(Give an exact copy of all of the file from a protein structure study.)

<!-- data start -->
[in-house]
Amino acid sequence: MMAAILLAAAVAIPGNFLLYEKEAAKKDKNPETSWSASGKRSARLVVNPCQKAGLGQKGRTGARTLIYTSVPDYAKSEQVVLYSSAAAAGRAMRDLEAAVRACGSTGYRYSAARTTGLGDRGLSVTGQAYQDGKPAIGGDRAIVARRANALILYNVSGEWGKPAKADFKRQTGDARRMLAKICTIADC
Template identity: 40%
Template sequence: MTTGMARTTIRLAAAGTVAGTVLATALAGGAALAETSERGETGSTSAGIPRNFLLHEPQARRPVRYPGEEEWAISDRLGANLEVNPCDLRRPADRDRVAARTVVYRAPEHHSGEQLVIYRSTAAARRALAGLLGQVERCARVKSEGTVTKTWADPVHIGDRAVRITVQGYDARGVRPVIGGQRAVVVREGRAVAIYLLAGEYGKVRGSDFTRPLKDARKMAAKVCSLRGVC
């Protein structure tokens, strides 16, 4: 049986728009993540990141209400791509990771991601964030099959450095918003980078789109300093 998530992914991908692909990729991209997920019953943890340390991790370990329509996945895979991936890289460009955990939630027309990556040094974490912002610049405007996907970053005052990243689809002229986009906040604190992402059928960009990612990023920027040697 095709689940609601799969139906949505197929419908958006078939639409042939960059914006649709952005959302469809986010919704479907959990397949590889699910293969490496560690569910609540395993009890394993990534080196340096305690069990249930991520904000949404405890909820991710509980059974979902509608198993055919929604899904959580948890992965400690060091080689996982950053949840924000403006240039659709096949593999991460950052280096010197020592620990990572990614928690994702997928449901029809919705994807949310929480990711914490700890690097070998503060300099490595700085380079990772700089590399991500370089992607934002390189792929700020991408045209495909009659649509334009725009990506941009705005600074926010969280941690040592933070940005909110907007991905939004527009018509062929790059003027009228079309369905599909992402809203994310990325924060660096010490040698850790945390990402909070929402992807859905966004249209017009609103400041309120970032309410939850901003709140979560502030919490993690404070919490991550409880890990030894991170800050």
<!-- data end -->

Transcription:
[in-house]
Amino acid sequence: MMAAILLAAAVAIPGNFLLYEKEAAKKDKNPETSWSASGKRSARLVVNPCQKAGLGQKGRTGARTLIYTSVPDYAKSEQVVLYSSAAAAGRAMRDLEAAVRACGSTGYRYSAARTTGLGDRGLSVTGQAYQDGKPAIGGDRAIVARRANALILYNVSGEWGKPAKADFKRQTGDARRMLAKICTIADC
Template identity: 40%
Template sequence: MTTGMARTTIRLAAAGTVAGTVLATALAGGAALAETSERGETGSTSAGIPRNFLLHEPQARRPVRYPGEEEWAISDRLGANLEVNPCDLRRPADRDRVAARTVVYRAPEHHSGEQLVIYRSTAAARRALAGLLGQVERCARVKSEGTVTKTWADPVHIGDRAVRITVQGYDARGVRPVIGGQRAVVVREGRAVAIYLLAGEYGKVRGSDFTRPLKDARKMAAKVCSLRGVC
């Protein structure tokens, strides 16, 4: 049986728009993540990141209400791509990771991601964030099959450095918003980078789109300093 998530992914991908692909990729991209997920019953943890340390991790370990329509996945895979991936890289460009955990939630027309990556040094974490912002610049405007996907970053005052990243689809002229986009906040604190992402059928960009990612990023920027040697 095709689940609601799969139906949505197929419908958006078939639409042939960059914006649709952005959302469809986010919704479907959990397949590889699910293969490496560690569910609540395993009890394993990534080196340096305690069990249930991520904000949404405890909820991710509980059974979902509608198993055919929604899904959580948890992965400690060091080689996982950053949840924000403006240039659709096949593999991460950052280096010197020592620990990572990614928690994702997928449901029809919705994807949310929480990711914490700890690097070998503060300099490595700085380079990772700089590399991500370089992607934002390189792929700020991408045209495909009659649509334009725009990506941009705005600074926010969280941690040592933070940005909110907007991905939004527009018509062929790059003027009228079309369905599909992402809203994310990325924060660096010490040698850790945390990402909070929402992807859905966004249209017009609103400041309120970032309410939850901003709140979560502030919490993690404070919490991550409880890990030894991170800050």